What it’s like to live with a difference
Published 9:45 am Sunday, December 24, 2017
It’s hard to explain something that we’ve never experienced. We can research things and think we have an understanding of them, but until we have actually experienced them, we can’t even begin to understand the true feelings and emotions. When I first started writing, I heard over and over from other writers — write what you know. That’s why I try to write with sincere authenticity. It is my heart’s desire to give others a glimpse of my life and what it’s really like to live with scars. In doing so, I also reveal the mindset that it takes to overcome our circumstances. Most of the time, when I go beyond the surface, I write with tears. When I can feel it as I write it, then others can feel it when they read it.
Most portrayals of scars are negative. Society can’t fathom that anyone would be able to accept and even be thankful for their scars. They try to portray differences as a grave sin and the person who bears the scars as a monster. That type of judgment breaks my heart.
So let me tell you my story….
My mom may have struggled with my birth and my scars, but she never let me know that she was struggling. I attended public school, had friends (that I made on my own), and was forced to adapt to the school. No one gave me any extra help. My mom wouldn’t allow it. She knew I was capable of doing it all, therefore she forced me and the school to look beyond my scars and uncover my full potential. I was NEVER the special child or the different child — I was always just Candida. While there were a few kids who were mean to me, the majority of them loved and accepted me right away, and never even asked me what happened to me.
Unconditional love drives out all shame. My family loves me unconditionally, therefore there is no shame. To insinuate that shame would be associated, just because a child or sibling is different, is heartbreaking, to say the least. My husband didn’t marry me because he felt sorry for me. He married me because he loves me. Every day he tells me that I am beautiful, and he makes me feel beautiful. Pity or shame has no part in our lives. In fact, he never even mentioned my scars before he married me. To date, he has never brought up the subject. My children follow in their daddy’s footsteps. They have never asked me about my scars. It just doesn’t matter.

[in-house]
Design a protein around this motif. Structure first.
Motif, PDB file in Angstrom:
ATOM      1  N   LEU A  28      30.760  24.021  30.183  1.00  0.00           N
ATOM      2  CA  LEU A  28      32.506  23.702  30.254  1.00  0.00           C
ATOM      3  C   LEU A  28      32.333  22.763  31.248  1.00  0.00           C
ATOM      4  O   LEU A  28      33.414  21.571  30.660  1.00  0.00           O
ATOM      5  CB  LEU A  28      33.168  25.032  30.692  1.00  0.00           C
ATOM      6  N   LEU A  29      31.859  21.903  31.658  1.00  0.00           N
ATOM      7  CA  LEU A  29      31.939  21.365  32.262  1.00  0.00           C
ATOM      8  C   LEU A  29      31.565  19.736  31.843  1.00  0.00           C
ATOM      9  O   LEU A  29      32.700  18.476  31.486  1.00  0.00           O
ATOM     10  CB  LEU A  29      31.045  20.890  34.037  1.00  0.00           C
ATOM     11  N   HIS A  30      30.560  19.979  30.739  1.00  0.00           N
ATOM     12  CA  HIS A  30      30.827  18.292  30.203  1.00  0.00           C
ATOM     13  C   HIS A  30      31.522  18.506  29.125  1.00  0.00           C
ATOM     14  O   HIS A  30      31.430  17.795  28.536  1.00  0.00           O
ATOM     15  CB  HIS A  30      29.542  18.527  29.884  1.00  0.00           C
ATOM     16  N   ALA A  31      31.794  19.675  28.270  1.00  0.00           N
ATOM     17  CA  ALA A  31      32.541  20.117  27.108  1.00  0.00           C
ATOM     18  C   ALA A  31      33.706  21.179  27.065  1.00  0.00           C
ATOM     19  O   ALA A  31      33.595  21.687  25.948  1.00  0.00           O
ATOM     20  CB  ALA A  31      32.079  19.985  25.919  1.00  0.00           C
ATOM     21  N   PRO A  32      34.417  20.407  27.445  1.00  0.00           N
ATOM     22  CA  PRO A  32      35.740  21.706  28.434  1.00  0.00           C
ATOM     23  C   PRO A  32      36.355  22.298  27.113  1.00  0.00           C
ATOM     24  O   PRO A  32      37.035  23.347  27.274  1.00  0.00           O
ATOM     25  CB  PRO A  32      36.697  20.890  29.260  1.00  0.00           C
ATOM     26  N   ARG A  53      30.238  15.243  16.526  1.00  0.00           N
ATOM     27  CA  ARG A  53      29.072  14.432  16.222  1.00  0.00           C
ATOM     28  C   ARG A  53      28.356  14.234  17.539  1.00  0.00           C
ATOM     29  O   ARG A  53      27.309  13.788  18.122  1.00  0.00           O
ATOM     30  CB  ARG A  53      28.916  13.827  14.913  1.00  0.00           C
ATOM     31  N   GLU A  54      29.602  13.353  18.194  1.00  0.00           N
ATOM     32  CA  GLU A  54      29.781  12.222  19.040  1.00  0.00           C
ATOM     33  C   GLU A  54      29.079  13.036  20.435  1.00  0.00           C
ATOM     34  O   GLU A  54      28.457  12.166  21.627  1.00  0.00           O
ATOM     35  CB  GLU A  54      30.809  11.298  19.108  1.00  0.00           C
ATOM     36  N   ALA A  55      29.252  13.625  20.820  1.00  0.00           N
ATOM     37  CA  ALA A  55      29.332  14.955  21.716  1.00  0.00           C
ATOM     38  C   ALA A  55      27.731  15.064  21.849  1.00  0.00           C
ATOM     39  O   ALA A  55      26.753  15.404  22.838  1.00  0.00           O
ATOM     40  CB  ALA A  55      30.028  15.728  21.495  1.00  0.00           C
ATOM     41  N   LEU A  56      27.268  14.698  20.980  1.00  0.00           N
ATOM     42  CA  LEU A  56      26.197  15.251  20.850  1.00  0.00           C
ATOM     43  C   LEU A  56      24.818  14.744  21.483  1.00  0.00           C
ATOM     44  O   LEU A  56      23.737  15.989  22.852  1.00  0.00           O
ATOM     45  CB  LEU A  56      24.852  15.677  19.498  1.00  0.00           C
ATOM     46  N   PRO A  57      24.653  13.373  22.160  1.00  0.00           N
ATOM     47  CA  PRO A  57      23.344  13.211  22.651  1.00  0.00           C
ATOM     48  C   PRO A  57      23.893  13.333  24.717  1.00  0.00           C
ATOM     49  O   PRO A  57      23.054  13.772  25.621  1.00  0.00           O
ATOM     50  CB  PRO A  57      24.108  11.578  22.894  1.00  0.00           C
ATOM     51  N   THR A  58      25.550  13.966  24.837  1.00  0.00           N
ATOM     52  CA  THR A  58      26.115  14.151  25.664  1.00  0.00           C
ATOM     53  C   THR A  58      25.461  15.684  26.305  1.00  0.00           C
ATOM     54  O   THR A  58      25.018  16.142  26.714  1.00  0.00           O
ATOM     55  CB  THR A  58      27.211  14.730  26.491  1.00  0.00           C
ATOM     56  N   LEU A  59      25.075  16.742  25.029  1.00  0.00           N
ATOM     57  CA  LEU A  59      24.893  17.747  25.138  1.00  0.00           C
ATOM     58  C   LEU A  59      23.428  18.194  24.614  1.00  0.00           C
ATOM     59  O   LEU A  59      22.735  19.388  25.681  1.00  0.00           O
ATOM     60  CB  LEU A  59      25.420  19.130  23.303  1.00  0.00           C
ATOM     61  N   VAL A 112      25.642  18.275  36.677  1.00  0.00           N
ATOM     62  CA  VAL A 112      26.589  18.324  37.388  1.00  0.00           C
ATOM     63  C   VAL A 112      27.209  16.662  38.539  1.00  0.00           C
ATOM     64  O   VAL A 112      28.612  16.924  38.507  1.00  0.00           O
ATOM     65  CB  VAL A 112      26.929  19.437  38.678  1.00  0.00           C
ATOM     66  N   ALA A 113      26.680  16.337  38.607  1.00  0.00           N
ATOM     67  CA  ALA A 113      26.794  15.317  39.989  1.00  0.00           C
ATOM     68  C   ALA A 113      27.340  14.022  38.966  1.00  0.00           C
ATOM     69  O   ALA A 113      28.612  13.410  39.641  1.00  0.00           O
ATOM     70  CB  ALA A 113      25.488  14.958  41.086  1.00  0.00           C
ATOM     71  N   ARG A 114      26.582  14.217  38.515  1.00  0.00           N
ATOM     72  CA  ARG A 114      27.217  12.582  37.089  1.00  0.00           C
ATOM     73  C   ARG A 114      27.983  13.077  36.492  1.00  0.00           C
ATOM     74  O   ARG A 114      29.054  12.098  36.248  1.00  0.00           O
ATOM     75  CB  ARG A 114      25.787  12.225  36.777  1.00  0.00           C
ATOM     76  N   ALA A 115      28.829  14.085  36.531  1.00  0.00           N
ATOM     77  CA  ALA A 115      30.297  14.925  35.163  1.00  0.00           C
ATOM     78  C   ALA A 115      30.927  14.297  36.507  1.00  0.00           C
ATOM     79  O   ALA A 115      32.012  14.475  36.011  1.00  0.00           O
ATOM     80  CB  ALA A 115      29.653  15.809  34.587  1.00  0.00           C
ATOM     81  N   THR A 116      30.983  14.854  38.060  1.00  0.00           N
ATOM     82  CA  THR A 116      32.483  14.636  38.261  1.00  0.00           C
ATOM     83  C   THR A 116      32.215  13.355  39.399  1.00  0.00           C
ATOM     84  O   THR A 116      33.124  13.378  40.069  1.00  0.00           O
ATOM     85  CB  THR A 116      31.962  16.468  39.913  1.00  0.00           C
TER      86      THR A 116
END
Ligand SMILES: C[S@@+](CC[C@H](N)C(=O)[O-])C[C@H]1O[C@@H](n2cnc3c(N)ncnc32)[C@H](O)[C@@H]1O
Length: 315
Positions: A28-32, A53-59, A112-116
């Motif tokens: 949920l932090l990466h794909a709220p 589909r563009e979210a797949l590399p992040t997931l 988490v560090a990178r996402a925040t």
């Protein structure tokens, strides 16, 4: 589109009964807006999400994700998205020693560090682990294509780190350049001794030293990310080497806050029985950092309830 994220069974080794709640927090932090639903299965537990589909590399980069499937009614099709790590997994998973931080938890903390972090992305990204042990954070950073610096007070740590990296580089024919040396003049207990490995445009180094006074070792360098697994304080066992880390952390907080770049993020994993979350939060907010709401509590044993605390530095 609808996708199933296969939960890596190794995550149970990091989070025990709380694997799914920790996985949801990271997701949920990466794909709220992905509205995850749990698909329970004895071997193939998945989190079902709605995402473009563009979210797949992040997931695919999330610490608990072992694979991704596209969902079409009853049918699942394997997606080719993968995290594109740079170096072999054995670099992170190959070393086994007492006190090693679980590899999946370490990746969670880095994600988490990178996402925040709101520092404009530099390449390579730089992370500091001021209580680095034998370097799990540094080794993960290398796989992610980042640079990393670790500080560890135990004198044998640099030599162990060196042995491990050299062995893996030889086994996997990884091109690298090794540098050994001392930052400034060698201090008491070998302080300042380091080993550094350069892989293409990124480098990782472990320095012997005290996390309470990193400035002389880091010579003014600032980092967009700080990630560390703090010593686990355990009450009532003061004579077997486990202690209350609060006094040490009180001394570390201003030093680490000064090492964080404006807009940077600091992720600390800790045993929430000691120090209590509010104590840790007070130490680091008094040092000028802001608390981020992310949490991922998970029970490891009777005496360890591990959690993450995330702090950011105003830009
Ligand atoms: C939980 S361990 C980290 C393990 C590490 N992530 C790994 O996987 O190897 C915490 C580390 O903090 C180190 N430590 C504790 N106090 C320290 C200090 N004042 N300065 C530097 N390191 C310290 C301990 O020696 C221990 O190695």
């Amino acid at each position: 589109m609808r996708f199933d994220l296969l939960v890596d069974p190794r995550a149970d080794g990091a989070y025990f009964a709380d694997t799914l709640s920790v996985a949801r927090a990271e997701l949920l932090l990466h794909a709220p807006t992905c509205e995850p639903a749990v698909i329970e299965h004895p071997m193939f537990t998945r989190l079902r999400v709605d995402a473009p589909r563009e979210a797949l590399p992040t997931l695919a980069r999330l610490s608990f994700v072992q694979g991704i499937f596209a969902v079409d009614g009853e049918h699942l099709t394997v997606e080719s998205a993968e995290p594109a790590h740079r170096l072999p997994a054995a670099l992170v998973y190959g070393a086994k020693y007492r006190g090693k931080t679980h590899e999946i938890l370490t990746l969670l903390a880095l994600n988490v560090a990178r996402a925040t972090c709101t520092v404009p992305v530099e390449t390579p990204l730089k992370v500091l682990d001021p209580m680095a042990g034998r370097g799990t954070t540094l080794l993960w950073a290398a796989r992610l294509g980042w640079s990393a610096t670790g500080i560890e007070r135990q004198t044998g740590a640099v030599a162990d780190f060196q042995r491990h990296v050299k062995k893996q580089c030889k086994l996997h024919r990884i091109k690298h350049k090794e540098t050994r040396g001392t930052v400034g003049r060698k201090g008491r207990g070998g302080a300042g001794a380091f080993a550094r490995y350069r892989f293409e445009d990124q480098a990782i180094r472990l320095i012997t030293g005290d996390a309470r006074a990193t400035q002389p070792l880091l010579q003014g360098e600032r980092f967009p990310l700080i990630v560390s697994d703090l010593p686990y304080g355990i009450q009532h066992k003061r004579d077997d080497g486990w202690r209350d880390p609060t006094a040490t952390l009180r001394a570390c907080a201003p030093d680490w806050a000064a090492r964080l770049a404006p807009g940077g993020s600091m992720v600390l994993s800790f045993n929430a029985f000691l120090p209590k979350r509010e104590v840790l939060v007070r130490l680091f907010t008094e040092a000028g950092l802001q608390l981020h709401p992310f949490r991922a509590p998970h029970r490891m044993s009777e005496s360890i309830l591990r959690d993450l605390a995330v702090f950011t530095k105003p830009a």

Regardless of what some might think, I love and accept myself, as well as my scars. I am grateful that God blessed me to live. The enemy attacked me in the womb and my God intervened and blessed me to live. Nothing is missing in my life. I am alive to love and be loved. I have everything that I need and sometimes my heart overflows with the abundance of it all.
As long as people just focus on my scars, then they will never truly see me. Whenever I notice someone staring at me now, I just give them my best smile — the one that reaches my eyes and portrays kindness — and hope that they can see a little glimpse of God through me and my life. In God’s eyes, we are all the same. He loves us all unconditionally. And that is how He wants us to love others. As long as we look for the differences in others and constantly point them out, then we will never be able to see the person beyond the scars.
If given the choice, I would not trade my scars. They have taught me so much about overcoming, perseverance, strength, compassion, and the love of God. These scars have given me wisdom that I wouldn’t have obtained otherwise; as well as a closer relationship with God. I have met people I wouldn’t have otherwise met, and developed immediate bonds with strangers through our experiences of pain. The hardships my scars cause me is not worthy to be compared to the joy.
Candida Sullivan is an author and inspirational speaker. She lives in New Tazewell with her husband and kids. For more information about her books or to schedule her for your event, email her at firstname.lastname@example.org.